Usability and accessibility » Visualizations

Sebastian Greger This is a living document
Last update:

Commonly based on advanced visual representations, the accessibility of (interactive) information and data visualizations is often very limited. A growing community aims to tackle these limitations by developing and showcasing best practices.

The probably most comprehensive “starter pack” on this topic – I consider this a must-read for anyone working with data visualization:

With great interest, I discovered the comprehensive guide “Centering Accessibility in Data Visualization” by Urban Institute: it approaches the topic from general considerations on the role of #a11y in process and artifact, diving all the way into specific examples showcasing how things should be done in an inclusive way.


Data visualization cares disproportionately far too much about designing for colorblindness relative to other disabilities that are more common (visual impairments included).

(A thread on disability, race, and patriarchy in data visualization.)

— Frank ⌁ (@FrankElavsky) January 18, 2021

Frank Elavsky highlights how the debate is too much focused on colourblindness etc., with is also a systemically male-focussed approach, and other aspects would be much more important to tackle.


Some other sources that provide a good starting point to dive into the topic:

Specific aspects of dataviz a11y


Alt text

Creating descriptive alternative representations of data visualizations is a complex task. While the general considerations for alt texts apply, visualized data comes with additional considerations:

It gets even more complicated with interactive presentations, as the interactive features have to be represented in the alternative content as well:


Vector graphics, with SVG itself being semantic, provide ample opportunities for designing accessible data visualizations. But mastering this skill is far from easy:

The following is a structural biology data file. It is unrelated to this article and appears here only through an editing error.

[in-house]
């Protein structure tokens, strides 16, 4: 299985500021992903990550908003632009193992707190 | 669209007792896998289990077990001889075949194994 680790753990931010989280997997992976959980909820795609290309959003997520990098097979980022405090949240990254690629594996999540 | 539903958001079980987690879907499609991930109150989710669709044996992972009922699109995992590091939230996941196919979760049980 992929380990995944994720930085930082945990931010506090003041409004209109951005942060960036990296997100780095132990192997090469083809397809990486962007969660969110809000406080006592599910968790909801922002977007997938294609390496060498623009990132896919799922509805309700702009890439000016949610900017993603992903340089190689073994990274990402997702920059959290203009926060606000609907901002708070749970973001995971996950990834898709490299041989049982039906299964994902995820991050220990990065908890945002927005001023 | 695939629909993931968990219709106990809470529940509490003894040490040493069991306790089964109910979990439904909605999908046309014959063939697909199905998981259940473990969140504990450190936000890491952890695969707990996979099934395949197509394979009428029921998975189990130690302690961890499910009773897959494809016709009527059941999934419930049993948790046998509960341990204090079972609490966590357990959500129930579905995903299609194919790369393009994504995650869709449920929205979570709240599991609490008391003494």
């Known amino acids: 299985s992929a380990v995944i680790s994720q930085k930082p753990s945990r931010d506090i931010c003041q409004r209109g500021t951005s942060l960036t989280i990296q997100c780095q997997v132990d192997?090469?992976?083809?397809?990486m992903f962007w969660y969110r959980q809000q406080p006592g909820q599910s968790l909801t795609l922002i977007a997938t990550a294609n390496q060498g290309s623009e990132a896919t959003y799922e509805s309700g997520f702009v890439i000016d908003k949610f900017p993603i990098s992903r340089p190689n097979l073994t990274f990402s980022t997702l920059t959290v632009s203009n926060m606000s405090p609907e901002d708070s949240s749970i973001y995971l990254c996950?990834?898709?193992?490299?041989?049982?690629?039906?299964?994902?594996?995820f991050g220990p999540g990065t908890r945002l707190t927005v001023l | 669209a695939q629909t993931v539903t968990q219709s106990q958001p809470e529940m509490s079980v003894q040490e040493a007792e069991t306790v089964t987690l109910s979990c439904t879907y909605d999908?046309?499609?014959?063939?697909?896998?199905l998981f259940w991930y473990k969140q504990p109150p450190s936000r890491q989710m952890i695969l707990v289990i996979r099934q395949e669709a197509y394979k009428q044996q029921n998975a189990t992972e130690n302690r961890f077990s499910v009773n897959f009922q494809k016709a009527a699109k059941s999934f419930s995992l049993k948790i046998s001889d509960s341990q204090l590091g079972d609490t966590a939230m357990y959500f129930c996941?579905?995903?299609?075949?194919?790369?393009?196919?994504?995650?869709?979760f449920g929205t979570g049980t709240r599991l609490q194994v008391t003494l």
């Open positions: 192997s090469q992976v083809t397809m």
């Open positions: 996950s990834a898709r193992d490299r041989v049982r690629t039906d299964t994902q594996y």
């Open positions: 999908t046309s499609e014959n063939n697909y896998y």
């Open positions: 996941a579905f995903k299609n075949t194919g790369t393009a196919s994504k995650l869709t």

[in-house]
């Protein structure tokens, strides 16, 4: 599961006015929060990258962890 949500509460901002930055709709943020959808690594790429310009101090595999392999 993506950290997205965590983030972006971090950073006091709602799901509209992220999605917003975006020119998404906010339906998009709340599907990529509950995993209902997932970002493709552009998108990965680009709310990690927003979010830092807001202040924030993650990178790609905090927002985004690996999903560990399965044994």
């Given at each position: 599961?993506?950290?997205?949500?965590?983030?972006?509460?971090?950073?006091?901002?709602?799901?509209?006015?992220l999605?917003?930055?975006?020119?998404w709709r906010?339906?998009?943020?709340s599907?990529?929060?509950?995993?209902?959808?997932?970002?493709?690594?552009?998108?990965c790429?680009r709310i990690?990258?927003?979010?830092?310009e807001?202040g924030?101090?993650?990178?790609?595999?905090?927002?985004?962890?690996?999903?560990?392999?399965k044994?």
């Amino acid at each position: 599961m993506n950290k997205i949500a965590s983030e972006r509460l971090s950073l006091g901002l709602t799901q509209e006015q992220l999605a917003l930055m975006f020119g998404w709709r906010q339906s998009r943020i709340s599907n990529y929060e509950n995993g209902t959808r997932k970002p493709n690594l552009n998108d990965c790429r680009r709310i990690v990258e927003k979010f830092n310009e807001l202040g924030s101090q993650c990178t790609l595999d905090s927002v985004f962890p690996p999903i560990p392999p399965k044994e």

There is an active community working on questions of how to make comics more accessible. Their work can also inform other fields of making visual content accessible.

Blind Accessible Comics
My interest in the accessibility of information visualisations occasionally leads me into the rather niche topic of accessible comics. **Comics and graphic novels share a lot of the accessibility challenges information visualisations have** (content that is by definition first and foremost visual), hence the approaches to solving the challenge could cross-pollinate.
The demo at by Paul Spencer is a showcase of various techniques to make a digital comic accessible for all.

A blog post sharing a list of resources from a webinar on the topic of accessible comics.

Case studies





Some websites that collect resources around this topic:

Frameworks and tools with potential for good a11y

Charts.css is a modern CSS framework. It uses CSS utility classes to style HTML elements as charts.

I'm Sebastian, Sociologist and Interaction Designer aiming to bring toge­ther social science and design for inclusive, privacy-focused, and sustainable "human-first" digital strategies. This is my "digital garden" with carefully curated resources. For a more stream-like outlet, see my journal.

My occasionally sent email newsletter has all of the above, and there is of course also an RSS feed or my Mastodon/Fediverse profile.